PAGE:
browser executionMarc VanHeyningen <firstname.lastname@example.org>
From: Marc VanHeyningen <email@example.com>
Subject: browser execution
Date: Mon, 28 Jun 1993 08:05:49 -0500
Responding to a few things by various people...
George Phillips <firstname.lastname@example.org> says:
>Semantics: decode the "encoded-URL", grab it and execute it
>with the rest of the URL. I used the "//" notation so
>that executables can ouput "/" rooted URLs without having
>to know who they are, that is, rn.html can say "<A HREF=/comp/risks>".
>We can do the "encoded-URL" any way we like, but suppose that
>: -> ; and / -> \. A full exec: URL might look like:
I'd be more inclined to encode the URL with the general percent escape
notation, but that's just me.
(Unrelated question: Consider the URL http://foo/search?bar%2Bbaz --
how many search keywords does it have, and what are they? My
inclination is to interpret it as one keyword "bar+baz", though that's
inconvenient for the server since it can't just do all the percent
substitution immediately upon receiving the object.)
>However, with the MIME executable content type, I'd expect that
>most exec: URLs would point to files, so file: would be the default.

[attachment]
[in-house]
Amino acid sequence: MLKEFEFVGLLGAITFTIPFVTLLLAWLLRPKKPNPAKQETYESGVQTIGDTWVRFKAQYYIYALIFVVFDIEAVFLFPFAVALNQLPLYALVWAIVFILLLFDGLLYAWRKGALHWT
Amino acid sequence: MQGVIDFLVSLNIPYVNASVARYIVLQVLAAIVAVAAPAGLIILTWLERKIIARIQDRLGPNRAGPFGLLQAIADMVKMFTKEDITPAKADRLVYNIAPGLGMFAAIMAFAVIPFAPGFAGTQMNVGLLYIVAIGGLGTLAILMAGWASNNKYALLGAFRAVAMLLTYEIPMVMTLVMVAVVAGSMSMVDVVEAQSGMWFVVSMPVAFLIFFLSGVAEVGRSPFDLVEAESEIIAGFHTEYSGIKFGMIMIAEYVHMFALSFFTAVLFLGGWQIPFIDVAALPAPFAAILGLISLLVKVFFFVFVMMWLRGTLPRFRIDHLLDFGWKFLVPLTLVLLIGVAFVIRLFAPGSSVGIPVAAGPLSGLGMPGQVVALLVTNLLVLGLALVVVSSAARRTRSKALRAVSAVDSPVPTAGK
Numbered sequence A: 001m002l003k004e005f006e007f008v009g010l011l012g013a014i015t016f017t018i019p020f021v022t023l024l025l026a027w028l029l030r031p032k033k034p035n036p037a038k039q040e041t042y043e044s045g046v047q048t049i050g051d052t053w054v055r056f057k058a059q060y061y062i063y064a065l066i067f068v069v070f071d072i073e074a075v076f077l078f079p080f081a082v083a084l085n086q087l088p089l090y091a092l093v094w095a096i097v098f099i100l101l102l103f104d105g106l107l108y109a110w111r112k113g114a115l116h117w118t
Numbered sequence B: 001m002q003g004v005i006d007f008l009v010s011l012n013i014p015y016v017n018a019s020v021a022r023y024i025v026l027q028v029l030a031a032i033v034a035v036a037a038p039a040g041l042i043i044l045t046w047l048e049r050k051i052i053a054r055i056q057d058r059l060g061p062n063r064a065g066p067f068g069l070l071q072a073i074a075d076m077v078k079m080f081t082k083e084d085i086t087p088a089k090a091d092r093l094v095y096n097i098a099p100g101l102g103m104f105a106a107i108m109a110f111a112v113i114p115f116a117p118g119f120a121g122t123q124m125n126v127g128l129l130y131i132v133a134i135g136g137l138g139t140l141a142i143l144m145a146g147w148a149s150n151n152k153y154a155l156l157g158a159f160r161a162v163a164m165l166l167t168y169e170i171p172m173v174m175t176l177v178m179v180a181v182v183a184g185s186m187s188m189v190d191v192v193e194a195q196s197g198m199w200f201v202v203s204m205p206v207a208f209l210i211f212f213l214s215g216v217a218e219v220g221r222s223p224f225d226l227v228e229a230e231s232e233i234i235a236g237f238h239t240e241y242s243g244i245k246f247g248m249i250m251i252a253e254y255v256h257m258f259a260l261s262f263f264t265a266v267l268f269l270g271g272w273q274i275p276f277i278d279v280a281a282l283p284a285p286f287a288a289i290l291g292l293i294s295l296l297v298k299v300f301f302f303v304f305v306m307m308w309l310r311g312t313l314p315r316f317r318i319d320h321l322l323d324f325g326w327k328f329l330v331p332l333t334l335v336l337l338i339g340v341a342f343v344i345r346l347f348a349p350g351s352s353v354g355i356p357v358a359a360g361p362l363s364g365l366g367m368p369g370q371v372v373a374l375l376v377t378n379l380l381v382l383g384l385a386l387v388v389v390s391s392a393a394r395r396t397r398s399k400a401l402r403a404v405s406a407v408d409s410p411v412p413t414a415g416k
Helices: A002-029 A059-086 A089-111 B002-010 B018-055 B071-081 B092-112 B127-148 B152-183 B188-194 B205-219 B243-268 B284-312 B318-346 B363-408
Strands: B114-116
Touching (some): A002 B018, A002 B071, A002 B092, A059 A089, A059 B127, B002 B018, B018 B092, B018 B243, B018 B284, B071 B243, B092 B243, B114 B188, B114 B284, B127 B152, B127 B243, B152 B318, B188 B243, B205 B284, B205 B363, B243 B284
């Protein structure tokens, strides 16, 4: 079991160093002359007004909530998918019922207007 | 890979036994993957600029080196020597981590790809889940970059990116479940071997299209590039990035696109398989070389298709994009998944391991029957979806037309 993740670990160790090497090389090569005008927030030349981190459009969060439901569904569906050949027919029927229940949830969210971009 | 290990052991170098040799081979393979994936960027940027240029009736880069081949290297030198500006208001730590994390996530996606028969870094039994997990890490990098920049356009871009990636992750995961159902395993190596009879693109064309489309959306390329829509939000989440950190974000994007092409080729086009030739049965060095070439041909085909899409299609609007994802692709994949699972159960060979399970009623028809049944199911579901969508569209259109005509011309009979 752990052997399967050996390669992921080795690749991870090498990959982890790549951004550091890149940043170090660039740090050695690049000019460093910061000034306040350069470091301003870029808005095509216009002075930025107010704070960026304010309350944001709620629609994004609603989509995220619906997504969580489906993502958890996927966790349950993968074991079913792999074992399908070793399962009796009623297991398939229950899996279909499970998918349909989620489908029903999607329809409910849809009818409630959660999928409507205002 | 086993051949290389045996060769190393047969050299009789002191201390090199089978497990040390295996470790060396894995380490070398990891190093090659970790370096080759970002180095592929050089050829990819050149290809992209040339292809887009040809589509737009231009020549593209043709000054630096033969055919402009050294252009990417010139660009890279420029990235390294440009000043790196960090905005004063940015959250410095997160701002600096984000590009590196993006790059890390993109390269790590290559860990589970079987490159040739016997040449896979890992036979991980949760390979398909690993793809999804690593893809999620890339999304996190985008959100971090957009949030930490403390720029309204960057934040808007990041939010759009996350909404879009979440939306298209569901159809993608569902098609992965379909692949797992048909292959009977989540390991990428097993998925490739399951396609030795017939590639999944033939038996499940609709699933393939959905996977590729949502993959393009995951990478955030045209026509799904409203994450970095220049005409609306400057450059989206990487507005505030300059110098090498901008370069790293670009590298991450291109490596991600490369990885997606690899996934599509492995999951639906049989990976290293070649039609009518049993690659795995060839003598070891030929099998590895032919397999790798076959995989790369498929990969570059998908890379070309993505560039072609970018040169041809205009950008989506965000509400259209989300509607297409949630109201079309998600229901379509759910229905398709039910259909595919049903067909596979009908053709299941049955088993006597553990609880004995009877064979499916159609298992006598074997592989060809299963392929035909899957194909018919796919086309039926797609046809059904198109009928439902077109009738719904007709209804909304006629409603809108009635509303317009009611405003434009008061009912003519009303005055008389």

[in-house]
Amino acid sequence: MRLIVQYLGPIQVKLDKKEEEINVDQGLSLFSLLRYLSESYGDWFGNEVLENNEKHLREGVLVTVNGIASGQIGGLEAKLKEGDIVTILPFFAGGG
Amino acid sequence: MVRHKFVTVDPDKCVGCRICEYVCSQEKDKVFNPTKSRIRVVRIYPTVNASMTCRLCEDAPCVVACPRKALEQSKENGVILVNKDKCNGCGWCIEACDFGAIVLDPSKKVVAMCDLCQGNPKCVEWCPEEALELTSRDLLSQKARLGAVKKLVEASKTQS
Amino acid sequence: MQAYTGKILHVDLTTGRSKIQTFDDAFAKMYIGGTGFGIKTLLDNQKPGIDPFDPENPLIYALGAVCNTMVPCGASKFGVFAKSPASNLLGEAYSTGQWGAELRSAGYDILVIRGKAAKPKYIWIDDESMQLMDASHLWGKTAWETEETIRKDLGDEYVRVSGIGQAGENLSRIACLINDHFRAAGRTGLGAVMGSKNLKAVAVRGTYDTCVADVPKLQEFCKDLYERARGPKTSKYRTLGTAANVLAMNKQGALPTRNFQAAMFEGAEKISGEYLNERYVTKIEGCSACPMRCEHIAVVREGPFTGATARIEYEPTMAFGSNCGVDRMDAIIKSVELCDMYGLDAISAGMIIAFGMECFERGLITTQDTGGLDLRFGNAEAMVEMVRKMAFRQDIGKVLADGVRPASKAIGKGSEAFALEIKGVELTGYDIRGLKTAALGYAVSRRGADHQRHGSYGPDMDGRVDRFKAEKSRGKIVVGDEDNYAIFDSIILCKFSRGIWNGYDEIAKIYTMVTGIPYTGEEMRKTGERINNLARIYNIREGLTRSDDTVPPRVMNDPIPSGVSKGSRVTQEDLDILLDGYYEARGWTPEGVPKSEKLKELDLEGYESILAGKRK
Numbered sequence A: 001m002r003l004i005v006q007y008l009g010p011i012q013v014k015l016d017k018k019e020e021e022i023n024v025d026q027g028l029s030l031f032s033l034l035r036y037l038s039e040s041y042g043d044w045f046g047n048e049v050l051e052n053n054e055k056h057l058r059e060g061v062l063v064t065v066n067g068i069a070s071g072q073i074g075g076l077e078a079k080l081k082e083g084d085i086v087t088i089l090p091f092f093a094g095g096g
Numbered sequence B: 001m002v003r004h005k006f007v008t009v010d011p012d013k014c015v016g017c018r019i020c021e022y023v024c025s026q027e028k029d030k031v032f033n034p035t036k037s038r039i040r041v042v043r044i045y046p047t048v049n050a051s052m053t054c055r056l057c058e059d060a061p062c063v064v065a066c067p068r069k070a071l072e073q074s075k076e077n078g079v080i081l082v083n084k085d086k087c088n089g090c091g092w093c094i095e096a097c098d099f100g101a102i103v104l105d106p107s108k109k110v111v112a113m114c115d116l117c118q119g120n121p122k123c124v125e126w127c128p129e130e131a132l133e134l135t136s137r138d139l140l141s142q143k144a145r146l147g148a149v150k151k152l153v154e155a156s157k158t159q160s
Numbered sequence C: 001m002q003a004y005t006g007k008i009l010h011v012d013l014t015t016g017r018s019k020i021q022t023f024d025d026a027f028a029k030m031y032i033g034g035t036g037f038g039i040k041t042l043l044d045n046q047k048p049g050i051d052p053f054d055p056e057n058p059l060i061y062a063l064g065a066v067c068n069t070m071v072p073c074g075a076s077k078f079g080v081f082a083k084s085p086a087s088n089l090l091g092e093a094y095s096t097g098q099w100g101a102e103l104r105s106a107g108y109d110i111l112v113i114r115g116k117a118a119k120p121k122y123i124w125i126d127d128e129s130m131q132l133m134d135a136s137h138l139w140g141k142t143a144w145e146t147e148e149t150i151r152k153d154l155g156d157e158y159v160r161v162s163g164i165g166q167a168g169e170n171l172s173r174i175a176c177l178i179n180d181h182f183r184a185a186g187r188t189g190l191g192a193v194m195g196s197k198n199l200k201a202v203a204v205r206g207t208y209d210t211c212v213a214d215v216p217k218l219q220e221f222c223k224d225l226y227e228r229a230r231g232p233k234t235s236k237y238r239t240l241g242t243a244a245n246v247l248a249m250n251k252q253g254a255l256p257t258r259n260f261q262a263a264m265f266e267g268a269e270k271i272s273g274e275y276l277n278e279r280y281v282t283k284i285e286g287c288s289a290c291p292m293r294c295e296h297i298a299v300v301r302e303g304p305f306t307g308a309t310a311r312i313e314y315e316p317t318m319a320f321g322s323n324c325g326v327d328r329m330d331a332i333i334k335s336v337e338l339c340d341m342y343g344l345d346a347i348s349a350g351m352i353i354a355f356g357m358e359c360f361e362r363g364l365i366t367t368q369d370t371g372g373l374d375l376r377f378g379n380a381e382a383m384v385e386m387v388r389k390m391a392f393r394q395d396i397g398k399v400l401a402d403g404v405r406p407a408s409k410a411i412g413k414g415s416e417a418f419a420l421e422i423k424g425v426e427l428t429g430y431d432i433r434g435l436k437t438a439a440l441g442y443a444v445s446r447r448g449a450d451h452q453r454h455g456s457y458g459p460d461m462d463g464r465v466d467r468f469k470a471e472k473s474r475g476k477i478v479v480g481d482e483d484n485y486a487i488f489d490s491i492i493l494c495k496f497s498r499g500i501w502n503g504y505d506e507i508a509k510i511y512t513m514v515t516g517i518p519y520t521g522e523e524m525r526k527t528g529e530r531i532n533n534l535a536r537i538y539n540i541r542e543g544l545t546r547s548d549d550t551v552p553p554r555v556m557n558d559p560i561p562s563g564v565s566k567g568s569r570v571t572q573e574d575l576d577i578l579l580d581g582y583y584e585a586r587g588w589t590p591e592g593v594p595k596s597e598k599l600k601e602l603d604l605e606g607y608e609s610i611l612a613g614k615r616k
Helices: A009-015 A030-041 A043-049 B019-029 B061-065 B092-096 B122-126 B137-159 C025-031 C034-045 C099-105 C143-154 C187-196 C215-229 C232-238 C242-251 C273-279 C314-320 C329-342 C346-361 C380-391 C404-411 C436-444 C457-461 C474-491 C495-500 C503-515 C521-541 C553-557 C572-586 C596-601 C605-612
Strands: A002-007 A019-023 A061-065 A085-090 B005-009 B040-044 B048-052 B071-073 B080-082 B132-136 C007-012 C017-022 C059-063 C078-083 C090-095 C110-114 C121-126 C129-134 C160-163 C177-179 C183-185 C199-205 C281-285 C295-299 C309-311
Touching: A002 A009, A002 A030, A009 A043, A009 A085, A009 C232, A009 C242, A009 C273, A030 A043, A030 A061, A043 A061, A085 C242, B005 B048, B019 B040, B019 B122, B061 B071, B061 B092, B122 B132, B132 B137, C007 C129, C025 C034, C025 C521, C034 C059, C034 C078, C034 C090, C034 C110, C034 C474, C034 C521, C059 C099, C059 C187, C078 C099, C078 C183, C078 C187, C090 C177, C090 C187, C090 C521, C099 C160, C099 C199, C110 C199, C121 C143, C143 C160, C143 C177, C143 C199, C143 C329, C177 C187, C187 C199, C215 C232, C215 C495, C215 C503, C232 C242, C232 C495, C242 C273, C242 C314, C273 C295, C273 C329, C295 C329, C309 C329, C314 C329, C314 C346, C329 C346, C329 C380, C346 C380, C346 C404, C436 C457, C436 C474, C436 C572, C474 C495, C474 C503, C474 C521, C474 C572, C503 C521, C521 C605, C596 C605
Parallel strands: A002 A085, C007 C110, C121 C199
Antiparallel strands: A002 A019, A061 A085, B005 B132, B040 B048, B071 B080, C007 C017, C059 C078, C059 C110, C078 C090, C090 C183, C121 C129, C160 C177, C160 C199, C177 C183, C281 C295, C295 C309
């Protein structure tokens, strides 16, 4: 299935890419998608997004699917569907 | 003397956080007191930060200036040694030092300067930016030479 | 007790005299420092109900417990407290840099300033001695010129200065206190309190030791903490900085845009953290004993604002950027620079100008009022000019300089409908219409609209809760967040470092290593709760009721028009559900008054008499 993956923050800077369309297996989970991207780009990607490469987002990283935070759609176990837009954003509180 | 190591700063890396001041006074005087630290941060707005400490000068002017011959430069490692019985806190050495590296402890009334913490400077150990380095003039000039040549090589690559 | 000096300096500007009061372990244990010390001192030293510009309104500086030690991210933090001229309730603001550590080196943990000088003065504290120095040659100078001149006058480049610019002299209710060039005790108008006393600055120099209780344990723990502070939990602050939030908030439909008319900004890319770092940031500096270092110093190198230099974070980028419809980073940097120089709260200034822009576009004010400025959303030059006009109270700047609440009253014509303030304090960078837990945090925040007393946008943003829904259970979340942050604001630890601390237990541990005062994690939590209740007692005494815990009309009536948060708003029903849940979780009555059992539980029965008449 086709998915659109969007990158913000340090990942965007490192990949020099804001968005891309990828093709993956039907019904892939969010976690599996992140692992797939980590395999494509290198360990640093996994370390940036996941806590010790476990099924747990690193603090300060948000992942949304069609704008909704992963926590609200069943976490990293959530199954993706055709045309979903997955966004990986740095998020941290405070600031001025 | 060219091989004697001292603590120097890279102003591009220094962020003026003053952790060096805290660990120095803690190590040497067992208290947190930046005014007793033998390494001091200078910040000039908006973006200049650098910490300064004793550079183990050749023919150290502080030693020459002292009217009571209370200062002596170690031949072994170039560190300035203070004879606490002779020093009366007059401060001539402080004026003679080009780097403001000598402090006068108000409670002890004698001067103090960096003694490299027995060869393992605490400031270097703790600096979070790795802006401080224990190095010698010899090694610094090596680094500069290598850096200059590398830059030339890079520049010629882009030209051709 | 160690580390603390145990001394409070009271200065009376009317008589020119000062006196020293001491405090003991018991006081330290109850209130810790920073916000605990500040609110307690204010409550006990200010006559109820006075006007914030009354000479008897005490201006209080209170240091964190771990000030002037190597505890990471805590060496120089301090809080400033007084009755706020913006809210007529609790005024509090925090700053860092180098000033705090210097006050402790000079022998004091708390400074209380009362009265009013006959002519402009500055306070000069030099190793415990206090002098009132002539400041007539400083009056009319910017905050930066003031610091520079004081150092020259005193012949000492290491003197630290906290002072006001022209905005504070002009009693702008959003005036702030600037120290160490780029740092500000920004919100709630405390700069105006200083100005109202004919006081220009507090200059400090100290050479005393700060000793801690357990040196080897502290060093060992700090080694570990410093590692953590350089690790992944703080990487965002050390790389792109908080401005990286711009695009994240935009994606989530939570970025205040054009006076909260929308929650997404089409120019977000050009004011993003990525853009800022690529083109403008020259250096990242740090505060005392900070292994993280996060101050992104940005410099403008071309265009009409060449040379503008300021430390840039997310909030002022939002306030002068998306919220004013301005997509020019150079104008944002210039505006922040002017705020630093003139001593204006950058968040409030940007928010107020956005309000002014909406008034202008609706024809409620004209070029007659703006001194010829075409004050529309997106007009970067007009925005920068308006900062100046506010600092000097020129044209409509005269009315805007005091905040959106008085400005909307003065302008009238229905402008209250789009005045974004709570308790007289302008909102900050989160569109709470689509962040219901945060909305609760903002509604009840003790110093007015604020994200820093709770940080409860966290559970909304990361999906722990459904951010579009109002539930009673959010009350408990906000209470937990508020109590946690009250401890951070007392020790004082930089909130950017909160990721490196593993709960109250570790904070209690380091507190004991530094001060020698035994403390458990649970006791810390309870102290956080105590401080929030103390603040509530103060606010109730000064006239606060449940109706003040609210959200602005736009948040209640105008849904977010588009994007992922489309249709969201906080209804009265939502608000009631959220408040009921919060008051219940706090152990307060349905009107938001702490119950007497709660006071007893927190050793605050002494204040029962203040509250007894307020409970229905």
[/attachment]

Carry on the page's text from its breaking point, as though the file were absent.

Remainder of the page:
>Additionally, the browser might have some notion of a PATH for
>exec: files (possibly as a first-level security mechanism), so the
>whole thing could be shortened to:
This sounds a bit more portable and a bit less anxiety-inducing as far
as security is concerned. A special directory (or set of aliases, or
something) of safe commands described with somewhat abstract names
could work out OK. The result is that your local commands end up of
or something like that. Whether this is better than the form:
(or something like that) is debatable either way; I think either is
probably workable as long as the number of different things you can do
that way is rather small, considered carefully, and centrally
registered in some fashion.
Tony Sanders <email@example.com> responds:
>SAS strikes again (server aversion syndrome :-)
> content-type: application/x-csh
No! Anything but the Cshell! Nobody move, or I post Tom Christiansen